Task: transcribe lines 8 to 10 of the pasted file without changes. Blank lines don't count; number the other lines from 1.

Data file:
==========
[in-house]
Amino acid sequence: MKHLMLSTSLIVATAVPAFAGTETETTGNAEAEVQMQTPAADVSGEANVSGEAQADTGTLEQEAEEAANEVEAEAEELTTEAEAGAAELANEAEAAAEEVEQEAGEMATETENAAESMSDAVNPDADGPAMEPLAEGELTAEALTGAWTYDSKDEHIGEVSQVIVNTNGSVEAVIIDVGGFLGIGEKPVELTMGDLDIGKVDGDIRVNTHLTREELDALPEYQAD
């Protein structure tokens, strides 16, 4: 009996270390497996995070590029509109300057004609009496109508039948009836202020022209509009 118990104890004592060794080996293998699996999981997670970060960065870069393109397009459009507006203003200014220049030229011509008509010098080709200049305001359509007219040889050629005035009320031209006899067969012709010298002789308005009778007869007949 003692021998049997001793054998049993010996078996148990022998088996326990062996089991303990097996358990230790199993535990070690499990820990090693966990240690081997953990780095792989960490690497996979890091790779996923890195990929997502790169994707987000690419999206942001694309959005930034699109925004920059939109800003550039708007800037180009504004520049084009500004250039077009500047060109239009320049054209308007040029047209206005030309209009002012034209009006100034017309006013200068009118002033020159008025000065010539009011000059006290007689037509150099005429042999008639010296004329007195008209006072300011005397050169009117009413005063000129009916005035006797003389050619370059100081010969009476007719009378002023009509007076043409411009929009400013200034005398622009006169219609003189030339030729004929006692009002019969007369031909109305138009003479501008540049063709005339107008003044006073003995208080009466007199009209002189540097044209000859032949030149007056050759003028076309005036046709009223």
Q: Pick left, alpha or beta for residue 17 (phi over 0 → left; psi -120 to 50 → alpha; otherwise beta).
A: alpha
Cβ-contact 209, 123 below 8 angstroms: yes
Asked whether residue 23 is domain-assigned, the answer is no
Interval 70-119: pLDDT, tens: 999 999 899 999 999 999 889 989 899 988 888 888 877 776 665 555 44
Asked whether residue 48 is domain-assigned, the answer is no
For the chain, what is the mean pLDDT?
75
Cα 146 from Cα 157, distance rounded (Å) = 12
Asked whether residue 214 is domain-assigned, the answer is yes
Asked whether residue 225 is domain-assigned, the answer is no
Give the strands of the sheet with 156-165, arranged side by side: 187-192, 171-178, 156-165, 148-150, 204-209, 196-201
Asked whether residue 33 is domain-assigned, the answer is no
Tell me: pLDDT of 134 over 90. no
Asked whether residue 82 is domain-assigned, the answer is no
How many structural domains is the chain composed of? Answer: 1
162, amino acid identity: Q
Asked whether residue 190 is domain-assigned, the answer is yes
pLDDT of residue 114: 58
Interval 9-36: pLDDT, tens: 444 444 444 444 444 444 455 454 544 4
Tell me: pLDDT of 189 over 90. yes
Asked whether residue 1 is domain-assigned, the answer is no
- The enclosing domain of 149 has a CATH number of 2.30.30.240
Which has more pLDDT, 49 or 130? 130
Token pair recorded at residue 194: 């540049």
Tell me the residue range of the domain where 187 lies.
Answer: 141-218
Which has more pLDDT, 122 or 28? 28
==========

Interval 70-119: pLDDT, tens: 999 999 899 999 999 999 889 989 899 988 888 888 877 776 665 555 44
Asked whether residue 48 is domain-assigned, the answer is no
For the chain, what is the mean pLDDT?